1709 Blog: for all the copyright community

Tuesday, 20 September 2011

"Shaky and ill-prepared": public performance law in South Africa

Public performance of Punch and Judy?
No: it's just lawyers coming to blows
as to what "public performance" means
Earlier this month, in "Two may be company, but can one be a crowd?", here, the 1709 Blog hosted a letter from an anxious reader, writing on behalf of a friend, about what constitutes "public" for the purposes of performance in public.  The post was popular, attracting 14 comments. It has also drawn this substantial piece from South African copyright live-wire Graeme Gilfillan (Nisa Global Entertainment), who writes:
A cursory review of the meaning applied used/provided/defined for “public performance” in the South African Copyright Act 98 of 1978 as amended (“the Act”), at the South African Music Performance Rights Association (SAMPRA) website and Southern African Music Rights Organization (SAMRO) website, confirms that the concept and definition applied to the “public performance” is shaky and ill-prepared for a dispute or legal challenge. Indeed it would appear that there is no case law precedent on this in South African law history (I stand to be corrected on this), and a dispute concerning “public performance” in South Africa would have very specific consequence on musical and literary works, rather than sound recordings and films.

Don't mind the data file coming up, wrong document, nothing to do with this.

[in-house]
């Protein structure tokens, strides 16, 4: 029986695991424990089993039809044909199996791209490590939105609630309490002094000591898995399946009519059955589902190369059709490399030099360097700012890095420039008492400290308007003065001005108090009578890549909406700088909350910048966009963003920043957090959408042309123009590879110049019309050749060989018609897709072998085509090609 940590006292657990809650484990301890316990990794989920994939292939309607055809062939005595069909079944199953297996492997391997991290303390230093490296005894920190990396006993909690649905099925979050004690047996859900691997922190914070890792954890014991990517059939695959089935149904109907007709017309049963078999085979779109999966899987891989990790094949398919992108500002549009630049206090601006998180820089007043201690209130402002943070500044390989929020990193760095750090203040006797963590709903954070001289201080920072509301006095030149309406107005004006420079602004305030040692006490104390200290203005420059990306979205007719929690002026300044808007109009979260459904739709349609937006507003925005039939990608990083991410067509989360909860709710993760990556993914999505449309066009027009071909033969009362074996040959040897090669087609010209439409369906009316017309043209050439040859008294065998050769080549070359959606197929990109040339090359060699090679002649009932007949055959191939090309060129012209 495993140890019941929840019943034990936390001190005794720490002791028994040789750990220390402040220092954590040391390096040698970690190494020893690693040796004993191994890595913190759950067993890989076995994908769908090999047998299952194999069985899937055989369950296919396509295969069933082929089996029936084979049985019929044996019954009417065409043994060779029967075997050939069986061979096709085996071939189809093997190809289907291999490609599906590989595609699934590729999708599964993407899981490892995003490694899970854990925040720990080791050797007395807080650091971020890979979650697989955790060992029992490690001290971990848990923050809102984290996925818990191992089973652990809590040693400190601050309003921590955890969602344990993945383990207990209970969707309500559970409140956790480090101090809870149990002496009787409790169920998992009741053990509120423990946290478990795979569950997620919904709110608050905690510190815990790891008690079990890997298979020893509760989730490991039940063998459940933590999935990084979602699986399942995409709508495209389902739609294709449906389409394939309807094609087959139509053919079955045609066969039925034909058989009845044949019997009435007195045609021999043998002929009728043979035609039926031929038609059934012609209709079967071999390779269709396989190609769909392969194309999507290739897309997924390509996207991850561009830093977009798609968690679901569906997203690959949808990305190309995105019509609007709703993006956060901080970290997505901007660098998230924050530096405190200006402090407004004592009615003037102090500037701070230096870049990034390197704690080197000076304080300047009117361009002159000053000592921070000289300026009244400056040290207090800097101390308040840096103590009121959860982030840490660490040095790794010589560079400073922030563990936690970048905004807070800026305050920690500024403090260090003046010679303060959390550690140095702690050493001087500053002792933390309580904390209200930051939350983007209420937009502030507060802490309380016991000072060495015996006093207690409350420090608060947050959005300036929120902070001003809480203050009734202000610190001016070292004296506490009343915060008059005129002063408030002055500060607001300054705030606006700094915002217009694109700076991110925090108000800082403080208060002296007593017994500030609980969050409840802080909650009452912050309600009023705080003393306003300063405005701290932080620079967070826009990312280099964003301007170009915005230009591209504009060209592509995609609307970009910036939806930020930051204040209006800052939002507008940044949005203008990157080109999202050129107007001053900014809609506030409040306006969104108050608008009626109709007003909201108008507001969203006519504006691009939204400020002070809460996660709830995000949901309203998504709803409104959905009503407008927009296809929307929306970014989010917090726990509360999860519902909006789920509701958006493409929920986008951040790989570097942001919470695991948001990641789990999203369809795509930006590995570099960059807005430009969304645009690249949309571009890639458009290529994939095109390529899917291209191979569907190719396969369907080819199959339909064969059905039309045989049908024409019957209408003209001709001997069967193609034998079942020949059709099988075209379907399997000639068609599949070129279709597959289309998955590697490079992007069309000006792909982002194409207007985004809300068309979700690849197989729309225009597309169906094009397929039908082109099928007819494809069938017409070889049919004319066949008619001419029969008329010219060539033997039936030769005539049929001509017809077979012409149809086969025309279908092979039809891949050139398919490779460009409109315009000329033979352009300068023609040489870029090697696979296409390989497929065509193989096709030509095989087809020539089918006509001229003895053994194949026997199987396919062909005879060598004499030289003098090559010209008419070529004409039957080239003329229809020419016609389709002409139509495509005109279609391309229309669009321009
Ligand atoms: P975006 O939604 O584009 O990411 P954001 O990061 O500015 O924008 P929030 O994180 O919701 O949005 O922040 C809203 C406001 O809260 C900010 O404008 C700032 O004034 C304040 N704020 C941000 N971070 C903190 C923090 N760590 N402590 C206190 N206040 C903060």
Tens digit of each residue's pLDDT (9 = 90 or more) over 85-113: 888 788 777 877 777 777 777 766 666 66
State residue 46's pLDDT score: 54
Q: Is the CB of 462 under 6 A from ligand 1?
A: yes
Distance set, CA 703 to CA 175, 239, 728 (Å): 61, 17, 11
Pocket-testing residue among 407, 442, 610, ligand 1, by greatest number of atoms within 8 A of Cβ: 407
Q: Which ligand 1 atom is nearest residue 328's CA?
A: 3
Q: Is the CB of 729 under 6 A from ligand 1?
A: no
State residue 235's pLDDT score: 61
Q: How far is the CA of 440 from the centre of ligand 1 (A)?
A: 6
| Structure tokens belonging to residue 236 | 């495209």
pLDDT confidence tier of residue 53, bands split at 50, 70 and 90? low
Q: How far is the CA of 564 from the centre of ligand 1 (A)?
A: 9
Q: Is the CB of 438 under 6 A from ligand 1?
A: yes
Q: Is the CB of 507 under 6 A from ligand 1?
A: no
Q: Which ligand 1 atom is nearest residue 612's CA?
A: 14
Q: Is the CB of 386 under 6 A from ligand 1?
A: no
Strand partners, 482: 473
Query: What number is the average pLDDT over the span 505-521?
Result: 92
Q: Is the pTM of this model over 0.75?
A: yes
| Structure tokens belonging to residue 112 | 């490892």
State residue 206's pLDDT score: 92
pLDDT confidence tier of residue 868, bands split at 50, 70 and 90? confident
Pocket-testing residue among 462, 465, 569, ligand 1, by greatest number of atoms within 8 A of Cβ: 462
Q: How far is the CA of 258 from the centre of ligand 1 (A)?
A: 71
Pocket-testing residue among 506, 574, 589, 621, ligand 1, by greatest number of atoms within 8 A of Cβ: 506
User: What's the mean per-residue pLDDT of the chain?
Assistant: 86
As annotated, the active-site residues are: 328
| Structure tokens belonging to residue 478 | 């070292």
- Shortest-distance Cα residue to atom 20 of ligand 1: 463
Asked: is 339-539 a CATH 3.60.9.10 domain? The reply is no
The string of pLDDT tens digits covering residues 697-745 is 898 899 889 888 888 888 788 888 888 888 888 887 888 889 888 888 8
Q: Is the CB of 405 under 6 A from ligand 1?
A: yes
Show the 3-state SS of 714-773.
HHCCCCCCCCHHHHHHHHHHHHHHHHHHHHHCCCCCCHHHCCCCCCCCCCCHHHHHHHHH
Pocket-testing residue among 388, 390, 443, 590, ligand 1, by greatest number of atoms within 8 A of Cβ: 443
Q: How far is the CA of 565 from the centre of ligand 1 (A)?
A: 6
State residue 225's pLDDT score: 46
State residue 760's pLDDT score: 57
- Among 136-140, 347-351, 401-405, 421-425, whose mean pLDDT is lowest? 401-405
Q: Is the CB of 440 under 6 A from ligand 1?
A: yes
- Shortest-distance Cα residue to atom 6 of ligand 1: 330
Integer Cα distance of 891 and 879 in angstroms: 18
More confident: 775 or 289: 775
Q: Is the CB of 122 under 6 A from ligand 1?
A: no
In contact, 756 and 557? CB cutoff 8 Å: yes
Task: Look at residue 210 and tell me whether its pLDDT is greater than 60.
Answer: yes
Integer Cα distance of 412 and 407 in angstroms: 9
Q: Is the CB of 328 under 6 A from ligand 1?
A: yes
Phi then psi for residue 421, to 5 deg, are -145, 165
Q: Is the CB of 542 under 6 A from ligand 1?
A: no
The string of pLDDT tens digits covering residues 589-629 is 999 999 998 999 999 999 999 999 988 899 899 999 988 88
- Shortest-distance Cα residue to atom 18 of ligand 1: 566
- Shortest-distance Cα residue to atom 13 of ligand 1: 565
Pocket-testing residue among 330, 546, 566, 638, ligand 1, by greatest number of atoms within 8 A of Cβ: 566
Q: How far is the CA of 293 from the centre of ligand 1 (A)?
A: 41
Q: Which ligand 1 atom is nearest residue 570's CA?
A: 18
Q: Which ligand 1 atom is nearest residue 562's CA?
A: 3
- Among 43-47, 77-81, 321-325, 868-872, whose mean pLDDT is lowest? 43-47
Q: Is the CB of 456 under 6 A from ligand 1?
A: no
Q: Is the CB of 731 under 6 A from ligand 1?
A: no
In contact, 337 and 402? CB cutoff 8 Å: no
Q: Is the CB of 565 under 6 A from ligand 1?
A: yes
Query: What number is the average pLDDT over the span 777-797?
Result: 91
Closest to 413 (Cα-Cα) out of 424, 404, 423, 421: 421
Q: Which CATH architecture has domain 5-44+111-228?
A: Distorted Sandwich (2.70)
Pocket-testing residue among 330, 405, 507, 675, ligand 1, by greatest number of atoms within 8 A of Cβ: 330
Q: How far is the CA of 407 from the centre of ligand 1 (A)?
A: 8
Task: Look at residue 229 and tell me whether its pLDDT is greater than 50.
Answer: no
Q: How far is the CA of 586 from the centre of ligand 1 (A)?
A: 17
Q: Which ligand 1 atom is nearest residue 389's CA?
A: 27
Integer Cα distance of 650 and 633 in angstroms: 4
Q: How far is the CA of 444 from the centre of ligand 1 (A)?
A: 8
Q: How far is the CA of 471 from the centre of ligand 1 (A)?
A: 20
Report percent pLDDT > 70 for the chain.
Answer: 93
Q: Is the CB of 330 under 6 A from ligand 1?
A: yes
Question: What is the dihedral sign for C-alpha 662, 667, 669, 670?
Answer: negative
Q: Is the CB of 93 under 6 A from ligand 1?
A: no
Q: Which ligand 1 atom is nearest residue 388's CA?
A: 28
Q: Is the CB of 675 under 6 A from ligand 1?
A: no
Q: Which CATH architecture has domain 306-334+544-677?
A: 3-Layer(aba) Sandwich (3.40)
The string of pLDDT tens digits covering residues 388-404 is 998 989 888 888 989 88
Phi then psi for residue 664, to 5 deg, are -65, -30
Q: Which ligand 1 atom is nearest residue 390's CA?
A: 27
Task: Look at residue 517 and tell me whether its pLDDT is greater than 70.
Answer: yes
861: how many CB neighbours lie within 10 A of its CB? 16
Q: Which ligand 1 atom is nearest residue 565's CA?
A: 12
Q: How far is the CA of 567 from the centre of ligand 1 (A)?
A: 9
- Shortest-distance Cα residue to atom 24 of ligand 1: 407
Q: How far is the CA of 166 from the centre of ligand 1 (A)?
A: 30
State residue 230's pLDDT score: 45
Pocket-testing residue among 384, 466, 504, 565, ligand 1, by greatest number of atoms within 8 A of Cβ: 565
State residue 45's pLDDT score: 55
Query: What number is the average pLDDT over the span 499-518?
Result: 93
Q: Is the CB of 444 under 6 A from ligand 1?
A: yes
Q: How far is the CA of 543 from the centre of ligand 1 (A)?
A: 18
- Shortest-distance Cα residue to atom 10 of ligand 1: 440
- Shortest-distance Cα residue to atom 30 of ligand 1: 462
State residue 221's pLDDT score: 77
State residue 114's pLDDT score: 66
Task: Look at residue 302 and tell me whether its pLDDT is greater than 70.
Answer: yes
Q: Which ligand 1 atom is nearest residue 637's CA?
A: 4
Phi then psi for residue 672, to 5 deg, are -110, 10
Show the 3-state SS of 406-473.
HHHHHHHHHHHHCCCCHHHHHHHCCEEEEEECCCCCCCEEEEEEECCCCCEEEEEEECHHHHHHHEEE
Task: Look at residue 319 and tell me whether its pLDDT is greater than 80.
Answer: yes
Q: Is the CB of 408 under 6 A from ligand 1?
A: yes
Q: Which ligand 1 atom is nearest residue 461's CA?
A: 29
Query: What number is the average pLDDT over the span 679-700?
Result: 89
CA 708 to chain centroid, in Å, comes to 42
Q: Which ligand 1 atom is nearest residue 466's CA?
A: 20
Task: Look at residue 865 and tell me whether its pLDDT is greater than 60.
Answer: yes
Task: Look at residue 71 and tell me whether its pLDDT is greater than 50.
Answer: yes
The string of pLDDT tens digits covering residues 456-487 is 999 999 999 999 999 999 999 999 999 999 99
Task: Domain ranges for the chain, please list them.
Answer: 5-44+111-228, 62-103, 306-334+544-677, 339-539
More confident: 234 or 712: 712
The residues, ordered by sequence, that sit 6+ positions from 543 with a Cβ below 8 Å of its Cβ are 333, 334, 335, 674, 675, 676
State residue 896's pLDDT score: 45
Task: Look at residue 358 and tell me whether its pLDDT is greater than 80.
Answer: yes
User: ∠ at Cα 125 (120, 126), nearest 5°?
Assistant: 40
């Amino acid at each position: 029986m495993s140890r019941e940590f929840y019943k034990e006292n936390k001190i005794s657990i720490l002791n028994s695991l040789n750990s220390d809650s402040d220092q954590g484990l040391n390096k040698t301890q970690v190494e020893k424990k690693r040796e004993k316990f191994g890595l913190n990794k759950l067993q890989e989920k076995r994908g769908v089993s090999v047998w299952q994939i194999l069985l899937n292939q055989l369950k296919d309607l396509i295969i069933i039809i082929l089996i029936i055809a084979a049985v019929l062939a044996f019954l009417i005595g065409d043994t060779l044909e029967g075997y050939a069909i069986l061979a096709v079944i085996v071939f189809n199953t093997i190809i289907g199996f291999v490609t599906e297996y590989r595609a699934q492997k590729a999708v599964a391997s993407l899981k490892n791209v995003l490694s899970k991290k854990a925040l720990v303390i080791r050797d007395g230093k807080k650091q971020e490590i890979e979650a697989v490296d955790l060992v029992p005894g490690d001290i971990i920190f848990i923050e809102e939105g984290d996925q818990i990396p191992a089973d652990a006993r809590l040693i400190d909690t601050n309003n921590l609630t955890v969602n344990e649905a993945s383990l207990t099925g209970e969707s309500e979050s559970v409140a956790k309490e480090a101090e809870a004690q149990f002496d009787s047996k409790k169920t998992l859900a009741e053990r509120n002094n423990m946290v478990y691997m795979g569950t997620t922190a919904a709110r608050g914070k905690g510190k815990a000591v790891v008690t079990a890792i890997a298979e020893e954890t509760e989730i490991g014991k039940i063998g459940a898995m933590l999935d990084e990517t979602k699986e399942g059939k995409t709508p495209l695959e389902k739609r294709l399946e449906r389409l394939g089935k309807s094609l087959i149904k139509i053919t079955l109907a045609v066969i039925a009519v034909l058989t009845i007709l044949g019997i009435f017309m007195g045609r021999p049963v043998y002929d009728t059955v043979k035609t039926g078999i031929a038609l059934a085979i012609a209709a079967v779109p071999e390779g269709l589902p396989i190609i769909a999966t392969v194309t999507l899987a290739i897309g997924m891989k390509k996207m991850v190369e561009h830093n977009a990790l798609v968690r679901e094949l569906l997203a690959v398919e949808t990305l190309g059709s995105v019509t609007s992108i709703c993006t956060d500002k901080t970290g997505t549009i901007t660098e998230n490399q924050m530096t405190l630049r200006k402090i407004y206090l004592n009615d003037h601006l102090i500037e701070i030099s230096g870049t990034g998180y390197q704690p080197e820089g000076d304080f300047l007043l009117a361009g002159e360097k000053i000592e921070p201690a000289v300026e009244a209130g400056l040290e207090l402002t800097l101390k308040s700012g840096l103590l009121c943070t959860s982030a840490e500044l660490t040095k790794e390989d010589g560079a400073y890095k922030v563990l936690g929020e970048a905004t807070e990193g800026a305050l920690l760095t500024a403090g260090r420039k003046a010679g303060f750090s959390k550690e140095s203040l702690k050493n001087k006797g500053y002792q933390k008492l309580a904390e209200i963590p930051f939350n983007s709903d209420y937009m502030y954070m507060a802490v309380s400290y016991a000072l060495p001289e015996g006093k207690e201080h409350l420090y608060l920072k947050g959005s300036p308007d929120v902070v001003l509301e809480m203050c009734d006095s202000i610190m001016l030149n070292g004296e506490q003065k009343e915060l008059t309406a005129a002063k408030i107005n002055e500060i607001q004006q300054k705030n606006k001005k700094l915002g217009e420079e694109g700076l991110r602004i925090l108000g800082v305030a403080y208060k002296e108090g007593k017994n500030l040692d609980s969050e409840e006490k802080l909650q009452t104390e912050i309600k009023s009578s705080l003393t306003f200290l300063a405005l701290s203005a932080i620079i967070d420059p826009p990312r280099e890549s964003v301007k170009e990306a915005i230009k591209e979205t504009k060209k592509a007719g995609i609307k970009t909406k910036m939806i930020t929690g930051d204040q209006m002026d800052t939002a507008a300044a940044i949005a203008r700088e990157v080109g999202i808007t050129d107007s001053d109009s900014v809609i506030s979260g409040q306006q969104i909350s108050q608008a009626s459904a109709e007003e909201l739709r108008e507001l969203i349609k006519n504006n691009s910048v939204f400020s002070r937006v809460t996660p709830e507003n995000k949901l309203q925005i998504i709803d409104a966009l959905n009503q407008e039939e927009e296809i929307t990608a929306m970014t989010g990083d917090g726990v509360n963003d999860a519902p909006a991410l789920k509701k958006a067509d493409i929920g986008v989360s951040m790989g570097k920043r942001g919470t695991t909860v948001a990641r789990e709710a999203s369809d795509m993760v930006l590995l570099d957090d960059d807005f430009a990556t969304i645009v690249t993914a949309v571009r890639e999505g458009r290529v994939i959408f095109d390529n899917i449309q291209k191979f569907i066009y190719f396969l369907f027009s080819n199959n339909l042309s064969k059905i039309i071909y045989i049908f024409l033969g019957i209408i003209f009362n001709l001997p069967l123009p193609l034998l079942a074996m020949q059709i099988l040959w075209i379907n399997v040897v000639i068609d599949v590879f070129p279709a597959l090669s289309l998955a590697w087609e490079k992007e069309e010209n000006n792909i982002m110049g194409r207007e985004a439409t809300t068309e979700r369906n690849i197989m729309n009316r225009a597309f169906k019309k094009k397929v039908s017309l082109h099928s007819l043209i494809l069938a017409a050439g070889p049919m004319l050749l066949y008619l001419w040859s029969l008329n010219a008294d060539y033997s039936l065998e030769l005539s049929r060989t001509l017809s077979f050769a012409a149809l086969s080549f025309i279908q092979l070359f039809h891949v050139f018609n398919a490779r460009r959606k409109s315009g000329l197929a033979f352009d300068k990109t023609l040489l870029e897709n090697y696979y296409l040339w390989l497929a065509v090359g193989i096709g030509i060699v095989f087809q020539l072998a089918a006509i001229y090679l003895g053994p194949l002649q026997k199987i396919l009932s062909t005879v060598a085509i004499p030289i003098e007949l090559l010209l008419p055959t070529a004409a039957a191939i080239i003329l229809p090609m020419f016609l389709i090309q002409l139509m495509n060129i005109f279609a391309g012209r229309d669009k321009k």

A detailed search of the South African Copyright Act 98 of 1978 (“the Act”) yielded the following results:

a.       The word ‘public’ is not defined in the Definitions section (or anywhere else) in the Act, though the word ‘public’ is used in the following contexts in the Act:

a.       Of, to and by the public
b.      A public delivery
c.       A public place
d.      Performing in public
e.      Place of public entertainment

b.       The phrase “performing the work in public” appears once in the Act, in Ch 1 Sec 6 (c);

c.       In the Act provides in Ch 1 Sec 9 (e) for “communicating the sound recording to the public” and the entire Section 9 makes no reference to ‘perform or performance’. The word “communicating’ appears nowhere else in the Act, and neither it nor ‘communicate’ are defined in the Act.

d.      The phrase “public performance” does not appear in the Act.

e.      The word “performance” is defined in the Definitions (xxxii) of the Act as follows: